Do feel free, as usual, to add your own suggestions in the comments below.


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14 comments:

  1. Brilliant ideas. Can't wait to try these out :-)

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    1. Thank you very much Anon, that is lovely to hear! x

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  2. Great ideas....sometimes I feel guilty and a little disconnected from my 4.5 year old DD. With a nursling 18 month old son who is very attached and demanding of my time and attention, I take for granted her independence sometimes. These are some great ways to reconnect, even a few minutes goes a long way!

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    1. Thanks for your comment, I can so relate, having a 2 and 4 year old...for example I tend to try and 'get stuff done' when the 2 year old is having a nap, but on the days that I just decide to give my time to the 4 year old, I feel much more connected to her. x

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  3. I love this! Hubby's going away for a night soon and going to ask my eldest daughter (3 years) if she wants a sleep over! Yes, the following night might be hard to get back to 'normal' routines, but so what? The memories and bonding will be remembered. So glad I found this blog! Xx

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    1. Thanks Anon! When my hub goes away for the night, I invite my 4 year old daughter to sleep in with myself and the 2 year old. We have a double bed, and what we call the 'Pop Out Pirate Bed' - a single mattress on the floor. She usually starts on the floor mattress but it always ends up in the bed, all three of us, squashed together! And she totally accepts that it is just for the nights when Dad isn't there, there is never any argument about that. Perhaps she is just relieved to go back to her own room and get some space! ;-)
      Well it is nice to think that you are going to have some extra snuggles with your daughter as a result of finding this blog, I like that very much.
      Best wishes to you x

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  4. Love these! I'm bookmarking them for future use... and we'll be doing the cosleeping tonight as per usual :-)

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  5. Thank you for this i really love it. I feel that as the children get older you become more easily detached from them. I do most of these already but am going to try activity rolodex and mirror mirror with my 12 year old and probably the 5 and 2 year old too. I may even get them to post the post cards or post them in different posts so when they arrive we do what they say. I need lots of ideas to stay connected and attached to my eldest boy, i love him so much but he has hormones!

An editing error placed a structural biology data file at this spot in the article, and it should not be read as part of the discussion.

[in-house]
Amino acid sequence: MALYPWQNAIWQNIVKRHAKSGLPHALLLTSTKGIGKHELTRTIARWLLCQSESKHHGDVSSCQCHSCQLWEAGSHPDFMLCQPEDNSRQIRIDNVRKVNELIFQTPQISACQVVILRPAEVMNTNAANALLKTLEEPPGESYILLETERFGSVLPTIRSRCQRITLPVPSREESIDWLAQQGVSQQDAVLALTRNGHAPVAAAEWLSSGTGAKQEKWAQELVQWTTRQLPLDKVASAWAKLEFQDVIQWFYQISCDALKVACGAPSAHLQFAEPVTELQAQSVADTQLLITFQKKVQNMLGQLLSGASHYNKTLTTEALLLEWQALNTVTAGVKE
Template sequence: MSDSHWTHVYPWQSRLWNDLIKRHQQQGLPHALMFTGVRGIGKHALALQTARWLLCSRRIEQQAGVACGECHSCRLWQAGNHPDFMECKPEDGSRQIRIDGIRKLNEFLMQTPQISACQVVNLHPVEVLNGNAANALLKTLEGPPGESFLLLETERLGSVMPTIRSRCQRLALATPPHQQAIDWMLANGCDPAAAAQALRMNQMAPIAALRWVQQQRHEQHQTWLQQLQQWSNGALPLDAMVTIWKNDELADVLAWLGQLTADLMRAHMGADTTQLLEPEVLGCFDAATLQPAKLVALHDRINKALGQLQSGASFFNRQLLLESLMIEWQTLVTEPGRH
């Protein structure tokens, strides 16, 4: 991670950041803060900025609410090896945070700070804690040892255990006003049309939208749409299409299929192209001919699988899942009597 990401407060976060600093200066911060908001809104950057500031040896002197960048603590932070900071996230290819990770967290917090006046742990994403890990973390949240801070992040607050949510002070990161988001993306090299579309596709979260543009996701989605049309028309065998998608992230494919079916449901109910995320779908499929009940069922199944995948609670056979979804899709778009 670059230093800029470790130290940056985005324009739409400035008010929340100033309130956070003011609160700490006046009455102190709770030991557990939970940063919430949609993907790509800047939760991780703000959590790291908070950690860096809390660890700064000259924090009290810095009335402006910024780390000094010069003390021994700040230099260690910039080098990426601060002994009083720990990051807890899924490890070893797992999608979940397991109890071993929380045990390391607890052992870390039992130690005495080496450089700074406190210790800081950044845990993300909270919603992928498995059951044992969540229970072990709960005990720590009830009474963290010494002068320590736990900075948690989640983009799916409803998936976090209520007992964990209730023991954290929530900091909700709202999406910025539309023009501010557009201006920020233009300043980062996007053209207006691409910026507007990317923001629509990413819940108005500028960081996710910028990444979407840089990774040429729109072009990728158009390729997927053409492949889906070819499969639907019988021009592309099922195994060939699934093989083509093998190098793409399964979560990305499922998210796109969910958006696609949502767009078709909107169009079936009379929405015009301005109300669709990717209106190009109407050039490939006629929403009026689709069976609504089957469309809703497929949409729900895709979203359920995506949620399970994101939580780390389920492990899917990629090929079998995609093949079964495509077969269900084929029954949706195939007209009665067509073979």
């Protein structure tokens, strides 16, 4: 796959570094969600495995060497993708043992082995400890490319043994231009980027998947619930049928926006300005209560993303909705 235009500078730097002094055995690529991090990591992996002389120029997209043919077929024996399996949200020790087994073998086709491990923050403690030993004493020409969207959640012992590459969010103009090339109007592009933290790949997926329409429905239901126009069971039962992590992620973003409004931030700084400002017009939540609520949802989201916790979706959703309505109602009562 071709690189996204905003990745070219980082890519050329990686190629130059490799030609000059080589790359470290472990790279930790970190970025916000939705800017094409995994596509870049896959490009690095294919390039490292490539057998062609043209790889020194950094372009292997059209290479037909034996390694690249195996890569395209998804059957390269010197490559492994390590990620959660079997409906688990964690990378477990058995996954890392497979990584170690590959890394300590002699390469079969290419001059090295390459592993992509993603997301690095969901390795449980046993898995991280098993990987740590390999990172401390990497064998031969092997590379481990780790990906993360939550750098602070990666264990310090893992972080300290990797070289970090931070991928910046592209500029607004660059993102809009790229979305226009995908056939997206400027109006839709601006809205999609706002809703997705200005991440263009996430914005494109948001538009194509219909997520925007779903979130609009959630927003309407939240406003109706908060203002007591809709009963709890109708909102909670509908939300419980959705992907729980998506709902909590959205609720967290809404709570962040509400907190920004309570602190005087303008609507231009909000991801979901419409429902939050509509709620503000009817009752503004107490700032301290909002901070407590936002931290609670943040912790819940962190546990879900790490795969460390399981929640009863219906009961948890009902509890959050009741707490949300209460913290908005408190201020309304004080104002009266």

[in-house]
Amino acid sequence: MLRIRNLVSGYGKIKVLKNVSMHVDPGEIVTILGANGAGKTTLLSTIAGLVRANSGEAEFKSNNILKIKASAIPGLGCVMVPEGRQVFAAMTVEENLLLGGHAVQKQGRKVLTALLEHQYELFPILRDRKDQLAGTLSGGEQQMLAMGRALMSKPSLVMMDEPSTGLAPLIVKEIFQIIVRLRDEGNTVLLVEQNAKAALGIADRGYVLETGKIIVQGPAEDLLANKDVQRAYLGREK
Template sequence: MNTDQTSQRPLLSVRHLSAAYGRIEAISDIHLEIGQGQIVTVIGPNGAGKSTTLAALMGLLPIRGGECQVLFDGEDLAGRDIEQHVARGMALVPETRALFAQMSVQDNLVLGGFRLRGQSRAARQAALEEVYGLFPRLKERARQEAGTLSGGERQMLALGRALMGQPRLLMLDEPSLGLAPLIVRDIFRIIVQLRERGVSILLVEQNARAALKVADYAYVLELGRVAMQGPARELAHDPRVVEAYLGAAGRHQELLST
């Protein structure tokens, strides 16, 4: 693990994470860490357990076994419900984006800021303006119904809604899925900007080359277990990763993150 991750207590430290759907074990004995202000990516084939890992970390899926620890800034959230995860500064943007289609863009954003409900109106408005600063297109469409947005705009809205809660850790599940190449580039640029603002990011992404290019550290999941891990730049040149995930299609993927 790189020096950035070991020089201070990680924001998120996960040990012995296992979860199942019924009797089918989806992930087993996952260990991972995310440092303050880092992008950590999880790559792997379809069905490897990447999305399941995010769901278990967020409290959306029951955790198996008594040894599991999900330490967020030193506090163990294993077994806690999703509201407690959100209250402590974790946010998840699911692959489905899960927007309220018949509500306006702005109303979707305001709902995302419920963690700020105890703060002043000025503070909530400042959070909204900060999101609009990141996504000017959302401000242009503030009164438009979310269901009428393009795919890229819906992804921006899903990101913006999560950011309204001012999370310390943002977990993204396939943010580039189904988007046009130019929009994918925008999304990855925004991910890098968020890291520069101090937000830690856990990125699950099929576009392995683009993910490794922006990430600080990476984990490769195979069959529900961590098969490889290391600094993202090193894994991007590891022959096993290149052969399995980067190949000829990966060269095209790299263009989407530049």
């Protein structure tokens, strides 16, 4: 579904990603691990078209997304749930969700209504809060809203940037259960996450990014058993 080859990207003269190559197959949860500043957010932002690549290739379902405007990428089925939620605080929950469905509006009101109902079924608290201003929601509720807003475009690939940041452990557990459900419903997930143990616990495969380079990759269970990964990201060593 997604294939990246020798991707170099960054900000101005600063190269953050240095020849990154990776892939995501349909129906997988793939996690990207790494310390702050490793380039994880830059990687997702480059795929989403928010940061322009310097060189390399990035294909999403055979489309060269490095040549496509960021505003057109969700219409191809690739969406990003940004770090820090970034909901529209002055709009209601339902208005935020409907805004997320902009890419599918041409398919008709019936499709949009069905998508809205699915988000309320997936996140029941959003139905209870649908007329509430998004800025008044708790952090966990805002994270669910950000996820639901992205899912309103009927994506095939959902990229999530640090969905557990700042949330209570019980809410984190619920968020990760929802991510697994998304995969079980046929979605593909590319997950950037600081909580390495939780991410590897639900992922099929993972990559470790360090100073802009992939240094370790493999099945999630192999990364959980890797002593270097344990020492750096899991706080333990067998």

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  6. I love that idea of sending them in the post Emma, that is fantastic!
    I haven't got to the hormones stage yet, although I sometimes feel like I have!
    I just read this post which you might like:
    http://lisahassanscott.co.uk/?p=414
    I especially liked the Alain de Botton quote:
    "How tough one is on the unreasonable demands of kids often reflects what life has done to one’s own deepest hopes."
    Good luck, thanks again for your comment x

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  7. Have a 4-month old and a 31 month-old. We (the oldest and I) do the "playing baby". She snuggles and I rock her. Definitely helps when she feels the baby is getting to much of her time. I have a more calm and loving child after a few minutes of just loving her. Also, we love making pancakes!Such an easy task that she can follow and we always thank her and Mommy for the yummy pancakes. Two quite different activities with similar outcomes.

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  8. i played 'mirror mirror' first with my 7 year old, and then with my 5 year old (who quite rightly didn't want to be left out). They both LOVED it, much needed re-connection since the birth of their baby brother seven months ago. Issues with my 7 year old are only just beginning to surface, I feel sad that he's been missing me so much. This was great fun for us all. Thank you x

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    1. That's really lovely Nancy, thanks for telling me, wonderful x